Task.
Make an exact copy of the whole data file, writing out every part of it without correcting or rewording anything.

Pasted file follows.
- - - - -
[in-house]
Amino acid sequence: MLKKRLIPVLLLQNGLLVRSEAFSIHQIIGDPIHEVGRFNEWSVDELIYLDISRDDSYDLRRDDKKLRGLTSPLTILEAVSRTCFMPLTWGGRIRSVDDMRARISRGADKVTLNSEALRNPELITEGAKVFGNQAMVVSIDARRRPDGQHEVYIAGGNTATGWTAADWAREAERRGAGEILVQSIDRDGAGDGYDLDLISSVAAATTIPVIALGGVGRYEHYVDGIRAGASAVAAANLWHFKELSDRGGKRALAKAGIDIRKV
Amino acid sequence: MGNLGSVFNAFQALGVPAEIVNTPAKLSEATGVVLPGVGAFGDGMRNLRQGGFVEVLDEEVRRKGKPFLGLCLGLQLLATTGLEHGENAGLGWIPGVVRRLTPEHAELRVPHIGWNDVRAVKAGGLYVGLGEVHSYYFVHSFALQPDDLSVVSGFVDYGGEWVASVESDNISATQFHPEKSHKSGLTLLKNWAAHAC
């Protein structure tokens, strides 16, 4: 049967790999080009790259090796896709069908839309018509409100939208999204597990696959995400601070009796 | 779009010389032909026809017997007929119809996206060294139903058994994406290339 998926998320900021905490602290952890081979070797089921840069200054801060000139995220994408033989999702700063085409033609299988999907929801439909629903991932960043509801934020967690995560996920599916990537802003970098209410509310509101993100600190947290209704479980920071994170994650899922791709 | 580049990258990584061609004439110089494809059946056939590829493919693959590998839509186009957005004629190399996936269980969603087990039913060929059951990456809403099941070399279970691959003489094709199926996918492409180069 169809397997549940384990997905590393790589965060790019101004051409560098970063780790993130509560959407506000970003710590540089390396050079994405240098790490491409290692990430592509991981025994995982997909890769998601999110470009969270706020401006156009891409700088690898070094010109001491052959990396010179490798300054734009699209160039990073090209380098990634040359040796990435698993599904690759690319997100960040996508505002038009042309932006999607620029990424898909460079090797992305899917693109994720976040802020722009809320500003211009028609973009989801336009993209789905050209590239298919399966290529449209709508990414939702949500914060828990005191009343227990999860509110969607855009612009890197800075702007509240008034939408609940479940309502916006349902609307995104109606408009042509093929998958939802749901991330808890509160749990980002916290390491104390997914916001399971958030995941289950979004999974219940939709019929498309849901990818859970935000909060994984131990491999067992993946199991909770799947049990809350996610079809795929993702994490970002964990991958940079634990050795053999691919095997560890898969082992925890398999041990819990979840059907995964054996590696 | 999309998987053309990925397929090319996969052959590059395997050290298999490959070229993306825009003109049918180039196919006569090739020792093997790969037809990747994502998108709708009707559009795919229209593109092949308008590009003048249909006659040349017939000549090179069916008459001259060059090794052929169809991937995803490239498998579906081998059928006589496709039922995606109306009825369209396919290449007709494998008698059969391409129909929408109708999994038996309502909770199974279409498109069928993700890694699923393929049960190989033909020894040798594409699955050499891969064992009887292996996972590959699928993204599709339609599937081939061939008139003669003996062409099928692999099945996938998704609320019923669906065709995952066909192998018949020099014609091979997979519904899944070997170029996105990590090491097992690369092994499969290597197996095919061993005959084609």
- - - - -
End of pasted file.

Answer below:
[in-house]
Amino acid sequence: MLKKRLIPVLLLQNGLLVRSEAFSIHQIIGDPIHEVGRFNEWSVDELIYLDISRDDSYDLRRDDKKLRGLTSPLTILEAVSRTCFMPLTWGGRIRSVDDMRARISRGADKVTLNSEALRNPELITEGAKVFGNQAMVVSIDARRRPDGQHEVYIAGGNTATGWTAADWAREAERRGAGEILVQSIDRDGAGDGYDLDLISSVAAATTIPVIALGGVGRYEHYVDGIRAGASAVAAANLWHFKELSDRGGKRALAKAGIDIRKV
Amino acid sequence: MGNLGSVFNAFQALGVPAEIVNTPAKLSEATGVVLPGVGAFGDGMRNLRQGGFVEVLDEEVRRKGKPFLGLCLGLQLLATTGLEHGENAGLGWIPGVVRRLTPEHAELRVPHIGWNDVRAVKAGGLYVGLGEVHSYYFVHSFALQPDDLSVVSGFVDYGGEWVASVESDNISATQFHPEKSHKSGLTLLKNWAAHAC
């Protein structure tokens, strides 16, 4: 049967790999080009790259090796896709069908839309018509409100939208999204597990696959995400601070009796 | 779009010389032909026809017997007929119809996206060294139903058994994406290339 998926998320900021905490602290952890081979070797089921840069200054801060000139995220994408033989999702700063085409033609299988999907929801439909629903991932960043509801934020967690995560996920599916990537802003970098209410509310509101993100600190947290209704479980920071994170994650899922791709 | 580049990258990584061609004439110089494809059946056939590829493919693959590998839509186009957005004629190399996936269980969603087990039913060929059951990456809403099941070399279970691959003489094709199926996918492409180069 169809397997549940384990997905590393790589965060790019101004051409560098970063780790993130509560959407506000970003710590540089390396050079994405240098790490491409290692990430592509991981025994995982997909890769998601999110470009969270706020401006156009891409700088690898070094010109001491052959990396010179490798300054734009699209160039990073090209380098990634040359040796990435698993599904690759690319997100960040996508505002038009042309932006999607620029990424898909460079090797992305899917693109994720976040802020722009809320500003211009028609973009989801336009993209789905050209590239298919399966290529449209709508990414939702949500914060828990005191009343227990999860509110969607855009612009890197800075702007509240008034939408609940479940309502916006349902609307995104109606408009042509093929998958939802749901991330808890509160749990980002916290390491104390997914916001399971958030995941289950979004999974219940939709019929498309849901990818859970935000909060994984131990491999067992993946199991909770799947049990809350996610079809795929993702994490970002964990991958940079634990050795053999691919095997560890898969082992925890398999041990819990979840059907995964054996590696 | 999309998987053309990925397929090319996969052959590059395997050290298999490959070229993306825009003109049918180039196919006569090739020792093997790969037809990747994502998108709708009707559009795919229209593109092949308008590009003048249909006659040349017939000549090179069916008459001259060059090794052929169809991937995803490239498998579906081998059928006589496709039922995606109306009825369209396919290449007709494998008698059969391409129909929408109708999994038996309502909770199974279409498109069928993700890694699923393929049960190989033909020894040798594409699955050499891969064992009887292996996972590959699928993204599709339609599937081939061939008139003669003996062409099928692999099945996938998704609320019923669906065709995952066909192998018949020099014609091979997979519904899944070997170029996105990590090491097992690369092994499969290597197996095919061993005959084609």